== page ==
Which means you obviously have story ideas for the next 10 to 20 issues!

Yeah! When I pitched, I laid out about the first year, so I laid out the first two big story arcs. And it looks like we’re going to get to do the first miniseries and then hopefully we’ll see what happens after that. This version of Bizarro is only six issues. We’re going to see how it works, and hopefully we’ll get to do more.

Can you talk a little about the Bizarro we’ll see in this comic? Because he’s very different from the Bizarro we’ve seen in stories before.

[Laughs] Yes. This is the Bizarro who is an alien from another planet. Bizarro tells us that his planet loved him and were so excited by him, that they tied him to a rocket and wanted to share him with the universe. Now, mind you, that’s Bizarro telling us that, so we have to take that with huge mountains of salt. But Bizarro’s rockets putter out right above Earth, and he ends up falling into our atmosphere and crashing through a plane. And then as he crash lands, he looks up and watches Superman save the plane he just put in danger. And in his head, Bizarro says “oh, I’m that guy! I’m a hero!” So he puts on a cosplay costume and paints a logo on in the mirror, and he decides he’s going to be like Superman. He’s going to go out and do bad and fight for injustice. And of course, eventually Metropolis says, “we hate Bizarro.” He’s just a menace. So that’s when jimmy Olsen gets the idea that he can take Bizarro on a road trip.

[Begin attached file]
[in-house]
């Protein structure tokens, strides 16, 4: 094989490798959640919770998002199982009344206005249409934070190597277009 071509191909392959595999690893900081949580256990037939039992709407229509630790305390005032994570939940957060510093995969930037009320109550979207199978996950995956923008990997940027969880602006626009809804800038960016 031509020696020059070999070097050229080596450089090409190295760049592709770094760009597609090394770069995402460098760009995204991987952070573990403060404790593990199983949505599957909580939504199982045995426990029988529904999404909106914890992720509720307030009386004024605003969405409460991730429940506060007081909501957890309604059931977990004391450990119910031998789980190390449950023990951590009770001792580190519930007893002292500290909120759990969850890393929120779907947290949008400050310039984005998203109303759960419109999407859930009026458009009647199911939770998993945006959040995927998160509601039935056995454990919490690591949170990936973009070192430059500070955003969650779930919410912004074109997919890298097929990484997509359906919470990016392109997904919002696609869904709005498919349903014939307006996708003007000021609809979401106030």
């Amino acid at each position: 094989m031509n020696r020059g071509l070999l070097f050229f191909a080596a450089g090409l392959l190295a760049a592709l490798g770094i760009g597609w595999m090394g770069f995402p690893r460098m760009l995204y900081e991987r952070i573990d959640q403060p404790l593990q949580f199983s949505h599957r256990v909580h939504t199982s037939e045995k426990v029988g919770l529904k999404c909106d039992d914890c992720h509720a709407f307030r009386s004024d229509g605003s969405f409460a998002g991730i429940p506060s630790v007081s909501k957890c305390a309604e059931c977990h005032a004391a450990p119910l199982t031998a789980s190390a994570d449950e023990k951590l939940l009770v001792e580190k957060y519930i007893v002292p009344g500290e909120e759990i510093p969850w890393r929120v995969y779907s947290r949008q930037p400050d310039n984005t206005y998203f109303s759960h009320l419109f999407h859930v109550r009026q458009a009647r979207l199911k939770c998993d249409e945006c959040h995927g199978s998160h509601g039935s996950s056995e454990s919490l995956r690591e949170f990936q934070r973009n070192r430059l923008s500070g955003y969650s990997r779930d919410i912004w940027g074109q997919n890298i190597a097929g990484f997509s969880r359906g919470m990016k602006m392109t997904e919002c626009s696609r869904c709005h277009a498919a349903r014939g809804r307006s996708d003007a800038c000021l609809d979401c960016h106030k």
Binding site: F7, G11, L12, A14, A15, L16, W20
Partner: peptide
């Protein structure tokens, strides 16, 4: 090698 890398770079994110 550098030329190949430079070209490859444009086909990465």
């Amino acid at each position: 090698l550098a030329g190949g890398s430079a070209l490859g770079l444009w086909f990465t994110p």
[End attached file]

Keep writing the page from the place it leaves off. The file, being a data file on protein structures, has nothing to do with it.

Speaking of Superman, can we expect to see other fun cameos from the DC universe?

Definitely. I will say that they run into a lot of characters, one in issue two quite literally. I can say that we’re going to have a lot of cameos: Superman and Clark are both in issue one, and then we get a whole bunch of people. We’ll be making stops in Gotham City, we’ll be making stops in Starling City, we’ll be going to Branson, Missouri to see a certain magic performer who might be on tour. So we have a lot of members of the DC universe who will be popping up in one way or another. We’re not necessarily in continuity. It’s just this classic version that Gustavo and I have put together. It is kind of fun to be playing with no rules.

How would you describe Bizarro to fans that are wondering whether or not they should pick it up?

I would say Bizarro is just a return to fun, humor all-ages storytelling. You’re going to get a laugh. The art is like nothing you’ve ever seen, the look if this book is completely different than any book DC has. There’s no scared cows left unturned by Bizarro. We’re just having a ball doing a buddy comedy, which, it’s been awhile since we’ve seen that. We’re putting together a romance to rival Booster Gold and Blue Beetle. I think you’re just going to love these two doofuses trying to make something happen.